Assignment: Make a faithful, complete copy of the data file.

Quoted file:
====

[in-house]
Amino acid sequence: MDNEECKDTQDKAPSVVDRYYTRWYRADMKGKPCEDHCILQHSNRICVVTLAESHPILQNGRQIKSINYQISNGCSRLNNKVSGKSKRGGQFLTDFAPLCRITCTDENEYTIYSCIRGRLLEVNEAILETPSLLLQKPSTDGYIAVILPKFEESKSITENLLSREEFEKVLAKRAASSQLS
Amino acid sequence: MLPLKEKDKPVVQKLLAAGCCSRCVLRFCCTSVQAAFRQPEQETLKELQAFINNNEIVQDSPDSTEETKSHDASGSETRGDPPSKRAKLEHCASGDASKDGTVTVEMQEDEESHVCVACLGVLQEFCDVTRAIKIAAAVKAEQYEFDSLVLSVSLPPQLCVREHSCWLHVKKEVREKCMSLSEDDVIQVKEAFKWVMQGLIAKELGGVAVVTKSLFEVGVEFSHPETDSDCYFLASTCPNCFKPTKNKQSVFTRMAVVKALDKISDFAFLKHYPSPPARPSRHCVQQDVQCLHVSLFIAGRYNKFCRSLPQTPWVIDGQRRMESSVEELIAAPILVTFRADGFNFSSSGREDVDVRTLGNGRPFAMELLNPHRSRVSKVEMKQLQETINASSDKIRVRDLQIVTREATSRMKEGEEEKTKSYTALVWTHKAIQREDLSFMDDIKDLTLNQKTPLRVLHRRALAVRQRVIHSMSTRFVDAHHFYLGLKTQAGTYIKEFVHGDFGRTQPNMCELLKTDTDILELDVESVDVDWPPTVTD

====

[in-house]
Amino acid sequence: MDNEECKDTQDKAPSVVDRYYTRWYRADMKGKPCEDHCILQHSNRICVVTLAESHPILQNGRQIKSINYQISNGCSRLNNKVSGKSKRGGQFLTDFAPLCRITCTDENEYTIYSCIRGRLLEVNEAILETPSLLLQKPSTDGYIAVILPKFEESKSITENLLSREEFEKVLAKRAASSQLS
Amino acid sequence: MLPLKEKDKPVVQKLLAAGCCSRCVLRFCCTSVQAAFRQPEQETLKELQAFINNNEIVQDSPDSTEETKSHDASGSETRGDPPSKRAKLEHCASGDASKDGTVTVEMQEDEESHVCVACLGVLQEFCDVTRAIKIAAAVKAEQYEFDSLVLSVSLPPQLCVREHSCWLHVKKEVREKCMSLSEDDVIQVKEAFKWVMQGLIAKELGGVAVVTKSLFEVGVEFSHPETDSDCYFLASTCPNCFKPTKNKQSVFTRMAVVKALDKISDFAFLKHYPSPPARPSRHCVQQDVQCLHVSLFIAGRYNKFCRSLPQTPWVIDGQRRMESSVEELIAAPILVTFRADGFNFSSSGREDVDVRTLGNGRPFAMELLNPHRSRVSKVEMKQLQETINASSDKIRVRDLQIVTREATSRMKEGEEEKTKSYTALVWTHKAIQREDLSFMDDIKDLTLNQKTPLRVLHRRALAVRQRVIHSMSTRFVDAHHFYLGLKTQAGTYIKEFVHGDFGRTQPNMCELLKTDTDILELDVESVDVDWPPTVTD